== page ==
Facebook is developing a service that will let advertisers pay for ads only when a user scrolls through the ad from top to bottom on its news feed.
The new service, called “100 percent in-view impressions”, will include text, photo, link and video ads, the company said in a blog post on Thursday.
Facebook currently charges for ads purchased on an impression basis the instant they come into view on users’ devices.
For example, marketers are charged immediately when the grey borders around their sponsored posts appear on-screen, even if none of their messaging is actually visible.
Under the new service, Facebook will let advertisers instead pay only when an entire ad passes completely through a user’s screen, or “viewport,” if they wish.
Using the new buying feature, an advertiser would not be charged if a user only scrolls far enough to view 20% or even 90% of an ad.
The scheme will likely run alongside Facebook’s existing ad platform, so marketers could have to pay a premium for the option, for both display and video ads.
The move is an attempt to combat growing criticism of ad viewability metrics, which many brands and advertisers feel is not an accurate way to measure the success of campaigns.
Some companies including Google have suggested that only half the online video ads across the Web are actually viewable.
Currently, Facebook and Google are using their own software to measure viewability rates, which has left many advertisers upset because they are more comfortable with having independent companies provide the proof that ads were seen.
Facebook is also partnering with Moat, an ad analytics company, which would verify video ad metrics on Facebook.com to give advertisers details on the performance of their video campaigns.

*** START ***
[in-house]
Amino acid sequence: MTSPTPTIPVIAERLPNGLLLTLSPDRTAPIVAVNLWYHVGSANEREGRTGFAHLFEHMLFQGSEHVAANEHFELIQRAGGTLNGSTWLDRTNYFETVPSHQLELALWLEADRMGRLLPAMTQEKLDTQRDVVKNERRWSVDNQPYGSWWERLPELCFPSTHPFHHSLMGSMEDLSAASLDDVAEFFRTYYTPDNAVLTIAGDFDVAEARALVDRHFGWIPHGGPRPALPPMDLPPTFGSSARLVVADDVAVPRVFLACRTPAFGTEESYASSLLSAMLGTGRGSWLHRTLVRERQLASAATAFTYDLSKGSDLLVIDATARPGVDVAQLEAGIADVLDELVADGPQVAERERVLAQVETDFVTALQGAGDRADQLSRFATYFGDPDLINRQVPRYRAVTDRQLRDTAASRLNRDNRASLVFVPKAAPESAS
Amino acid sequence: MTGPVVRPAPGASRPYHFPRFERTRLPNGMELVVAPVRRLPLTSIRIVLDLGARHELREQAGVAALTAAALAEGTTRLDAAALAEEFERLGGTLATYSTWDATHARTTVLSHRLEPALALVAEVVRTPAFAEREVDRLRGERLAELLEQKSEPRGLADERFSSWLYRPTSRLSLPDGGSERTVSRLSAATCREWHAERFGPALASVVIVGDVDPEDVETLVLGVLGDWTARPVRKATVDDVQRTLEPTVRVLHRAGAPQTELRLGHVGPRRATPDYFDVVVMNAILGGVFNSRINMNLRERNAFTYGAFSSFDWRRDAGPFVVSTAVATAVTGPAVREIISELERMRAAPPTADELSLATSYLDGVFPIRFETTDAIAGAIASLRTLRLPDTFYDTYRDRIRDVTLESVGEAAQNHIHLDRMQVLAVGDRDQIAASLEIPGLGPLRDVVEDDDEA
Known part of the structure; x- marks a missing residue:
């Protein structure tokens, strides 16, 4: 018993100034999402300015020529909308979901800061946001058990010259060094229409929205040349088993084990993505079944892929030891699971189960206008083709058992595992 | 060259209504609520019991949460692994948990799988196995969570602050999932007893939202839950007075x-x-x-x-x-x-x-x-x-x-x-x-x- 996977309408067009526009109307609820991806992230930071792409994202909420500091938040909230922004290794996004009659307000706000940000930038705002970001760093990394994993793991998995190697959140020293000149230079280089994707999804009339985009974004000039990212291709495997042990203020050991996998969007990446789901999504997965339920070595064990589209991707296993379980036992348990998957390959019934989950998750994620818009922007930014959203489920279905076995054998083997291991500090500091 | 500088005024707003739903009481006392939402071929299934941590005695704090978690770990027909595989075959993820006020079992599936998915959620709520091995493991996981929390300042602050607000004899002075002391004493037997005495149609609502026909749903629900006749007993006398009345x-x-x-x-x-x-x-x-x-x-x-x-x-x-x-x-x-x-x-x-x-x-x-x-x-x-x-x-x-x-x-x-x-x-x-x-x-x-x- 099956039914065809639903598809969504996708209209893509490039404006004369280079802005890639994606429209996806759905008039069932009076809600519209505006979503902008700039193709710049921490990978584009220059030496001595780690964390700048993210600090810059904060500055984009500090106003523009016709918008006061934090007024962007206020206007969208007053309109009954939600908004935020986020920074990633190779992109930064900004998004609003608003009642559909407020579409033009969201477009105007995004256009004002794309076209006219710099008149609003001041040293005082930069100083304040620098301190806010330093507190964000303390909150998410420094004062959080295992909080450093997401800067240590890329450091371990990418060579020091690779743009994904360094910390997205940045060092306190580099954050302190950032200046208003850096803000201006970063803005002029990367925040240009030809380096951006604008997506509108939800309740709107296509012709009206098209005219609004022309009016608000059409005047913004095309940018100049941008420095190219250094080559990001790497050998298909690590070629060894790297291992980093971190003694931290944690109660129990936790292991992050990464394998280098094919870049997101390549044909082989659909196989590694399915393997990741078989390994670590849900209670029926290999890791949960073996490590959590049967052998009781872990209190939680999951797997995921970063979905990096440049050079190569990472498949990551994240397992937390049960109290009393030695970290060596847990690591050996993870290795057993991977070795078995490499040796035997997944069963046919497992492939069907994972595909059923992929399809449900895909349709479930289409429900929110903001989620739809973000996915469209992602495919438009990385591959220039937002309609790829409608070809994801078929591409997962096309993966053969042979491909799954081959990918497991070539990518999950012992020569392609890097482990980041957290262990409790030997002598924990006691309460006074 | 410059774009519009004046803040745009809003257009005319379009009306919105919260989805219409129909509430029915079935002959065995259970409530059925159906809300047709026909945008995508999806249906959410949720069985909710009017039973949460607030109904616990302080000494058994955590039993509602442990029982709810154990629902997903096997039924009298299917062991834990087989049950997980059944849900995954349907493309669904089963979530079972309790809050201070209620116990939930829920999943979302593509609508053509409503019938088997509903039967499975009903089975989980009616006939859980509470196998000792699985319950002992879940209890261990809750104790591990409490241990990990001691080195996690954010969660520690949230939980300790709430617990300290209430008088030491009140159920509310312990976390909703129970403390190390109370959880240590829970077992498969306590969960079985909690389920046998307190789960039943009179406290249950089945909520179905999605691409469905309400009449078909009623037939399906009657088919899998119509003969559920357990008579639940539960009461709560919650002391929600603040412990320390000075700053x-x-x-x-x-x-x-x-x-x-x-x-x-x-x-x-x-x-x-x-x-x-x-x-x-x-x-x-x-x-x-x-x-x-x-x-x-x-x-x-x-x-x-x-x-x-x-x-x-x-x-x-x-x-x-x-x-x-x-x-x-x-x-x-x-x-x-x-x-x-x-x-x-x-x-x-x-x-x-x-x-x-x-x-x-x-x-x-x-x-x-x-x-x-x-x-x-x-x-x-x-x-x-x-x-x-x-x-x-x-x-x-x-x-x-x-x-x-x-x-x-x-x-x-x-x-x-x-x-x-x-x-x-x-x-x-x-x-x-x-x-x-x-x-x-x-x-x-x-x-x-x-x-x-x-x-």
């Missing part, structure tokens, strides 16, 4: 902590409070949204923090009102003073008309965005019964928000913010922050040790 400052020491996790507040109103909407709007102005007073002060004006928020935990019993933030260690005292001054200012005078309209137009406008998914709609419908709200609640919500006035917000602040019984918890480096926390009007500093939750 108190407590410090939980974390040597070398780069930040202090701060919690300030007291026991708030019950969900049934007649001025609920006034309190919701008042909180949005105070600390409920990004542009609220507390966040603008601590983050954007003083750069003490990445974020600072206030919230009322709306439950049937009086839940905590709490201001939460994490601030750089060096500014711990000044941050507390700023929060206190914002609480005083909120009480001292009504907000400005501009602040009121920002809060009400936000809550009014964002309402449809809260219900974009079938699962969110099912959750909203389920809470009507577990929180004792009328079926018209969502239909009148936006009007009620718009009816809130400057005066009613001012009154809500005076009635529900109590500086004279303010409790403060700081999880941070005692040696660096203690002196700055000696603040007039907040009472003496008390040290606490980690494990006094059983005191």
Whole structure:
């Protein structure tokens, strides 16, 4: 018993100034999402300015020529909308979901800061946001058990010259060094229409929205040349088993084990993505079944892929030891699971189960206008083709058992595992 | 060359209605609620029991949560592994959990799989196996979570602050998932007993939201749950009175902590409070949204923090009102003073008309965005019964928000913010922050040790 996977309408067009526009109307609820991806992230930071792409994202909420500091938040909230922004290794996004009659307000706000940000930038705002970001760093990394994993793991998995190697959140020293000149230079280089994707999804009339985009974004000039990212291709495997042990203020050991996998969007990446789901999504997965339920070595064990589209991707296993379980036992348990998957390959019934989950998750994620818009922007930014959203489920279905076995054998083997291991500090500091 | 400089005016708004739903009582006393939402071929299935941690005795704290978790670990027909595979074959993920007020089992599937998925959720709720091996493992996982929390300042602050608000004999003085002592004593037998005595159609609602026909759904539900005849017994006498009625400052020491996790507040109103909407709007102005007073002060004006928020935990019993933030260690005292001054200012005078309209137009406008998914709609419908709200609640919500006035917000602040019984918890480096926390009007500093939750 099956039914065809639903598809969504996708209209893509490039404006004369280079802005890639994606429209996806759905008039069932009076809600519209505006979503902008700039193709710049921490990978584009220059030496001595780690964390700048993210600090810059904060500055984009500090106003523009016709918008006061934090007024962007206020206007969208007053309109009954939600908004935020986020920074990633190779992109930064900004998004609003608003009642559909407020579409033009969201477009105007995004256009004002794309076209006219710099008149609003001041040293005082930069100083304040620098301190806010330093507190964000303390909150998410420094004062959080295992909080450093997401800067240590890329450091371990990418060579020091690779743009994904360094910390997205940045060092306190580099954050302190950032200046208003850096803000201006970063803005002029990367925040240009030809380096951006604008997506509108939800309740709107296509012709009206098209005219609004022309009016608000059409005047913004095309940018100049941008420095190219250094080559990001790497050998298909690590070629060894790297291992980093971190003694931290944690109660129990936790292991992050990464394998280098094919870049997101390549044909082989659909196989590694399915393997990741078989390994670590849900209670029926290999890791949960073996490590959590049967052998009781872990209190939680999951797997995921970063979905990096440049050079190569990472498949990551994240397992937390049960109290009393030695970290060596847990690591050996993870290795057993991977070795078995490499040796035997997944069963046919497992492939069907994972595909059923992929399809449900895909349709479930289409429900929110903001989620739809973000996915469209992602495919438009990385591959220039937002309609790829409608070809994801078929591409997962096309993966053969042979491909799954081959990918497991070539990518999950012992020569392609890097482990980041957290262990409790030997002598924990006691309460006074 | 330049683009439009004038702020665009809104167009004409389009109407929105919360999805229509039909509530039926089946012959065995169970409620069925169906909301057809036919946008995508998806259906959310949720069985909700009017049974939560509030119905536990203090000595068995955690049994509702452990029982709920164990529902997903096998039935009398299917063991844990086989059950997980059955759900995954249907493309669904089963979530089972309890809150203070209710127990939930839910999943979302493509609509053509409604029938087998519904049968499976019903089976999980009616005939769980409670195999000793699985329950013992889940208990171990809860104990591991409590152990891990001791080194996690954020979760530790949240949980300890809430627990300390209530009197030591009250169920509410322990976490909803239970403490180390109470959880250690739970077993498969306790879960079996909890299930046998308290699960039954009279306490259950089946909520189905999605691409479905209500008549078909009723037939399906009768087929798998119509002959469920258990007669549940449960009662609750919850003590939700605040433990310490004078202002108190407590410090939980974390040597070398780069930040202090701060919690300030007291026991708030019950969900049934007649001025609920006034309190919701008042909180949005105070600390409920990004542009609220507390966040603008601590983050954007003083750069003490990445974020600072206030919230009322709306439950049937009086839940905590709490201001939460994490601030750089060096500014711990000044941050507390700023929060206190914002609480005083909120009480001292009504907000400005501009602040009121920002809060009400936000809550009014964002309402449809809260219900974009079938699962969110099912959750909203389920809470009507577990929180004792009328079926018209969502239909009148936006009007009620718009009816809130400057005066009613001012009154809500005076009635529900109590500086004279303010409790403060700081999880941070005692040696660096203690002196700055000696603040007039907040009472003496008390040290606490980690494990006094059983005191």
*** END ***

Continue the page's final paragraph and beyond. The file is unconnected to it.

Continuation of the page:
In June, Twitter announced it would allow advertisers to use Moat to measure ad viewability on its service.
Google’s YouTube is also close to offering advertisers the ability to use third-party verification, some of the people familiar with the matter say. The Financial Times earlier reported that YouTube was preparing to offer independent ad verification.
“We’re committed to meeting all of our clients’ measurement needs through a combination of product innovation and industry partnerships,” said Google, in a statement. “We have further efforts planned in this area and are taking our clients’ feedback into account as we continue to roll out new solutions,”the company added.
Facebook is also offering advertisers the option to pay for ads when the entire ad unit appears on the users screen.
The Media Rating Council and Interactive Advertising Bureau issued guidelines last year that state that an online video ad should only be deemed viewable if at least 50% of the ad is visible on a user’s screen for at least two consecutive seconds.
Advertisers believe those guidelines are too lenient and have demanded more stringent measures from social media platforms and publishers.